Gilt Groupe is a flash-sales fashion site that’s more like a living, breathing magazine than an eCommerce business.
Although it’s not yet profitable, Gilt Groupe is reportedly on track to do $500 million in revenue this year, up from $270 million in revenue in the fiscal year ending June 2010.
Last year, we ran through its 200,000 square foot Brooklyn warehouse/office facility, which is where it has its photo studios and shipping operations. When Gilt moved into the space in November of 2007, it only needed 500 square feet.
Given its recent $138 million round, we wanted to revisit how Gilt has become a tremendous success, and what goes on behind the scenes.
Click here for a tour of Gilt’s giant Brooklyn office >
Disclosure: Gilt cofounder and chairman Kevin Ryan is also cofounder and chairman of Business Insider.
This rusting building is opposite Gilt Groupe and runs the length of the road that leads you to Gilt.
Here's our Sherpa through Gilt's operations, Amanda Graber. We're about to enter the warehouse/offices.
Employees pull the merchandise, sort it by style, colour and size. Then slap individual Gilt labels on each product.
Here's quality control. On high end items, Gilt inspects every garment. For the rest, Gilt checks about 5% for quality. If there are problems, it expands the check.
This is the most secure spot in the warehouse. It is where all the jewelry is kept. Only a few people are allowed inside, and it's monitored by a camera. This is also where Gilt's Brooklyn office started.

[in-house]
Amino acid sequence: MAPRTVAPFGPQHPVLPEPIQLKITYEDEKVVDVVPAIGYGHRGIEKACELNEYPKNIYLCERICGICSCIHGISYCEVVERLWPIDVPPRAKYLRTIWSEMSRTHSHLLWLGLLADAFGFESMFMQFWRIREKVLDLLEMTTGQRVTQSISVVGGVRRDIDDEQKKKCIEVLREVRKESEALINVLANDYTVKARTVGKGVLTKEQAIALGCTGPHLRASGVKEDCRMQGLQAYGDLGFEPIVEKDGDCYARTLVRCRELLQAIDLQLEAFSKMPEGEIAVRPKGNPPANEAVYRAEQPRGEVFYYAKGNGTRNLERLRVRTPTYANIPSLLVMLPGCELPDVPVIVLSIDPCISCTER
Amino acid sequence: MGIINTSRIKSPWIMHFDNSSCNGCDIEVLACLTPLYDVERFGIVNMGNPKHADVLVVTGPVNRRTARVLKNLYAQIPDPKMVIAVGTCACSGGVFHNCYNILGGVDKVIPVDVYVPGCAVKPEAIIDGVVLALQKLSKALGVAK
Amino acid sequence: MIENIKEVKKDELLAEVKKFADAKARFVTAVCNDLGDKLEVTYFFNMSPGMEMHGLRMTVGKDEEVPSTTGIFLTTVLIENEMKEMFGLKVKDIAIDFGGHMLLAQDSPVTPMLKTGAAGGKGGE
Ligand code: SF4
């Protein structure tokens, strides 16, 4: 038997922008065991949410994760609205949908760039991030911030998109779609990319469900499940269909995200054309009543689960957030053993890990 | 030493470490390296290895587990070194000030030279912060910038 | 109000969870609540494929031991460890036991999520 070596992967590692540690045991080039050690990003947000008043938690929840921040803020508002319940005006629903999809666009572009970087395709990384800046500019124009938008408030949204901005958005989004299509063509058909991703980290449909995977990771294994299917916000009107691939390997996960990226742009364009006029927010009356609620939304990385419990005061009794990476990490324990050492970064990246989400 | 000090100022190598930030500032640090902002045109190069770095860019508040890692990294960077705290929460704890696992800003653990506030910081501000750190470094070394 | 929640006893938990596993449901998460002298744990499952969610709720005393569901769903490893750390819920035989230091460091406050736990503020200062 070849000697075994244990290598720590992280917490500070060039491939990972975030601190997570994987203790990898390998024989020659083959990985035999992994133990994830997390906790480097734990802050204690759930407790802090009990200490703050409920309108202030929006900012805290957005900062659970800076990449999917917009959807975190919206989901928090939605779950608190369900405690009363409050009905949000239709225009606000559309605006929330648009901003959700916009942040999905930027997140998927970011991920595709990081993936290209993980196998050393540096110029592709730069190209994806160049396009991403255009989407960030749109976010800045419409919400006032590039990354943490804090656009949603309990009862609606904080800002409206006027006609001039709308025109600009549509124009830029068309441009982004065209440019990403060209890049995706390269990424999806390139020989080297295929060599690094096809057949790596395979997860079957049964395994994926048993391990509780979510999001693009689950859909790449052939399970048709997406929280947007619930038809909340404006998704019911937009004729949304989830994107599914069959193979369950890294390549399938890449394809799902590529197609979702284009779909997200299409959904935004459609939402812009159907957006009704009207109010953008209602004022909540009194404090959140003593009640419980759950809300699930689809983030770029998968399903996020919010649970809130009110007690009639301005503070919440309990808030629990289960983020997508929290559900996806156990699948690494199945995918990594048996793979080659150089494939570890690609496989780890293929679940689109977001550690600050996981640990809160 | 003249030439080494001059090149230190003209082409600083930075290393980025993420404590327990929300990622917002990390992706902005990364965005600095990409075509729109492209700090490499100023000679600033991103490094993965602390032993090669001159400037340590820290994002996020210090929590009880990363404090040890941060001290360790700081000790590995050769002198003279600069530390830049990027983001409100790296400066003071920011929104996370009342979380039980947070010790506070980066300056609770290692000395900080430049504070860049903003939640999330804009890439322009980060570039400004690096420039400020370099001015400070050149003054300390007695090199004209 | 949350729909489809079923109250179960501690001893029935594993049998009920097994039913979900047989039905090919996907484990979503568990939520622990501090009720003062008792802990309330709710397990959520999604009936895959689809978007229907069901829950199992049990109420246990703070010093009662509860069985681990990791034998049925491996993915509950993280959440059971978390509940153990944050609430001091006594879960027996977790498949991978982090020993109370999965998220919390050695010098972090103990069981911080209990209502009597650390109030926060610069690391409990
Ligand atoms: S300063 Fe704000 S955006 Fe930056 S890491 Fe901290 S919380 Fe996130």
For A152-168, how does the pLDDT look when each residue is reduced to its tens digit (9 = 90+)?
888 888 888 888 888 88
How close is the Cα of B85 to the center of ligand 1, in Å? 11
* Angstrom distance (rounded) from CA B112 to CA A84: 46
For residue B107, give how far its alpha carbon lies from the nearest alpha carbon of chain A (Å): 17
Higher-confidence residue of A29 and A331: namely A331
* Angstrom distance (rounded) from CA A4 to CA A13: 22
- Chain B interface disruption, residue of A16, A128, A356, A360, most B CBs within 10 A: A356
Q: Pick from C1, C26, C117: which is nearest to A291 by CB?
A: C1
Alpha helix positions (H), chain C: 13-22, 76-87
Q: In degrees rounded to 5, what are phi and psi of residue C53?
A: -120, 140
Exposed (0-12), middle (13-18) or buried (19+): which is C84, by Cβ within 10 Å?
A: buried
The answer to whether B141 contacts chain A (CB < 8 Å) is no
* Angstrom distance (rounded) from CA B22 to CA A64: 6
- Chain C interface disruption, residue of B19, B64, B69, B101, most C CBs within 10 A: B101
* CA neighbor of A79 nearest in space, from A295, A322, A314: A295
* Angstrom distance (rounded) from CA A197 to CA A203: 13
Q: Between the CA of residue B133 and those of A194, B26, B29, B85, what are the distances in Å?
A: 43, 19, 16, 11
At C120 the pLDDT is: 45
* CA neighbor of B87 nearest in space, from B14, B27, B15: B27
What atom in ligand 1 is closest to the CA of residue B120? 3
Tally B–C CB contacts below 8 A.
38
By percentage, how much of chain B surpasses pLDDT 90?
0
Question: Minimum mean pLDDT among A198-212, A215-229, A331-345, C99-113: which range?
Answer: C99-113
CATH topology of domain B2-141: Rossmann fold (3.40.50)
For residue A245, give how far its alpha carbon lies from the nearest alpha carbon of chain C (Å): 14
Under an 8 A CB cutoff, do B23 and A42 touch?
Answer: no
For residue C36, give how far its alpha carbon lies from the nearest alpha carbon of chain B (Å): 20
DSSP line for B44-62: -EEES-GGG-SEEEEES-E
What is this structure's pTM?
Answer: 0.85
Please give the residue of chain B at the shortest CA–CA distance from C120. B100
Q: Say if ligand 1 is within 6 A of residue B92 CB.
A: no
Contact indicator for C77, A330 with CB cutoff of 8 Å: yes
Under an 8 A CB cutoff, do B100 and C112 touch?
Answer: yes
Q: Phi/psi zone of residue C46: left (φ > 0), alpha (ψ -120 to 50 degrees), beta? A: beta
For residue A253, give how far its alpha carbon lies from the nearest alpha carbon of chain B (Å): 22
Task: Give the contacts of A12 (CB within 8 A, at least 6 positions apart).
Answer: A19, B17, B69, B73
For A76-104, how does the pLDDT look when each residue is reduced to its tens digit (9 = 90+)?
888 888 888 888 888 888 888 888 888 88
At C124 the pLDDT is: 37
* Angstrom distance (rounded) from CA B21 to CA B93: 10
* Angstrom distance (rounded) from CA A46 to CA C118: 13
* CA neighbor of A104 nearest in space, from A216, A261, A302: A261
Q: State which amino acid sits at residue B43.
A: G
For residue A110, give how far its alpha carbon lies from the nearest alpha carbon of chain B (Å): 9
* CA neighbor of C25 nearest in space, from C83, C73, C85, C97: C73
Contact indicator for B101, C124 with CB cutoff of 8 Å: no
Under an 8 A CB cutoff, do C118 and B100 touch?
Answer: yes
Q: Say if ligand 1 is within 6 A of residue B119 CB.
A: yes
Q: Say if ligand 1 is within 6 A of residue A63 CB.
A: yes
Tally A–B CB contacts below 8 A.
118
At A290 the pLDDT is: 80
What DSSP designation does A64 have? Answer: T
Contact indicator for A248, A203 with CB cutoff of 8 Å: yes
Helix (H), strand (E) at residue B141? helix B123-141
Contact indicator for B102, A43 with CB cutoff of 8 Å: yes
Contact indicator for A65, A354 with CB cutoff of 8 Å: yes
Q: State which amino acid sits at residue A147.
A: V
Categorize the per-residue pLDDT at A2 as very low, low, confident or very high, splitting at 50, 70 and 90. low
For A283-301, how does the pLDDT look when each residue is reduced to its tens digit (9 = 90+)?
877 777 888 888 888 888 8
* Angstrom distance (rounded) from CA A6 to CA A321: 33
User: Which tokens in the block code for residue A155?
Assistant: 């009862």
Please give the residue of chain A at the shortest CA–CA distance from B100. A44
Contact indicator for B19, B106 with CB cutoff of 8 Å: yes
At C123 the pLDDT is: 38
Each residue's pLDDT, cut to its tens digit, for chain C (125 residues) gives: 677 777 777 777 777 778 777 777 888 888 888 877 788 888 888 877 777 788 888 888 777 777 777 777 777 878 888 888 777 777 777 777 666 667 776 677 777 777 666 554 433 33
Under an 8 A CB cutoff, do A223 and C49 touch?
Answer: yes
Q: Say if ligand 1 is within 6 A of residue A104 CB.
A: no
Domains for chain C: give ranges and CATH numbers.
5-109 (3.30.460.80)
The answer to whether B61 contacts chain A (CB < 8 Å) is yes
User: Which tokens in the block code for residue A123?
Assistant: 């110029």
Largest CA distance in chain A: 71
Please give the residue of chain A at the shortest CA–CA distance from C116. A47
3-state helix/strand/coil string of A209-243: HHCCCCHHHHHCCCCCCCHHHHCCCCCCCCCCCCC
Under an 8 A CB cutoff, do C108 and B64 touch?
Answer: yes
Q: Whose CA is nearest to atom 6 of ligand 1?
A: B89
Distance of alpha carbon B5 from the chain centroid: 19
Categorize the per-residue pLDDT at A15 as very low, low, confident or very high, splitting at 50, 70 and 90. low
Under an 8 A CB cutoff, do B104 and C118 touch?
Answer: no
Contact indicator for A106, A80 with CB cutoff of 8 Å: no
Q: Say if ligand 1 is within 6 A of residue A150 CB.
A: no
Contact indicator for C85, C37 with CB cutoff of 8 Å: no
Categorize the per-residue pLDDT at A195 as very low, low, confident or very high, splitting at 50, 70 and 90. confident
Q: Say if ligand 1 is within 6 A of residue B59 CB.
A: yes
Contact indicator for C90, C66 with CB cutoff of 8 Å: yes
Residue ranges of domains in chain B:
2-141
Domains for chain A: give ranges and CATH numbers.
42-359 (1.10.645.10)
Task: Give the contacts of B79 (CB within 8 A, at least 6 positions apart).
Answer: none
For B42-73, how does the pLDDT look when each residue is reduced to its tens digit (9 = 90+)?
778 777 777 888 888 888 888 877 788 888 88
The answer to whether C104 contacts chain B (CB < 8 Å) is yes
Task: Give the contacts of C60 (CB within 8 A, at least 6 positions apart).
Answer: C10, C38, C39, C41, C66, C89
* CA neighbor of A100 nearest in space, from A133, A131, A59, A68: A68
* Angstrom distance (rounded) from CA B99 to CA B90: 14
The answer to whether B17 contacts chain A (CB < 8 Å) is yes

Gilt has numerous photo studios in its Brooklyn offices. It has the largest in-house studio set-up in New York. Everyone else rents.
Gilt shoots models and merchandise day and night in two separate sessions. Here's where the models sit for hair and makeup
Gilt uses models instead of mannequins because customers connect better with real people, they say. Gilt lists the sizes of the models on its site so people buying the clothes know how to think about the fit they're seeing.
Here's where they shoot bags and jewelry. These are harder than clothes. A model wears clothes, which gives the clothes a certain amount of action. Bags and jewelry just sit there.
A big part of Gilt's appeal is that it's not using stock images provided by companies. Gilt shoots 40 pieces per day from 3 different angles
Music was pumping in the background, and Gilt's employees took a dance break here and bid us farewell.
Here's an exterior shot of Gilt's neighbourhood as we leave. Like we said, it's not much to look at...
But, these exteriors are useful for the photo shoots Gilt uses on its site. Take a close look at this shot, it's very possible Gilt will use this same angle for an upcoming photo shoot.
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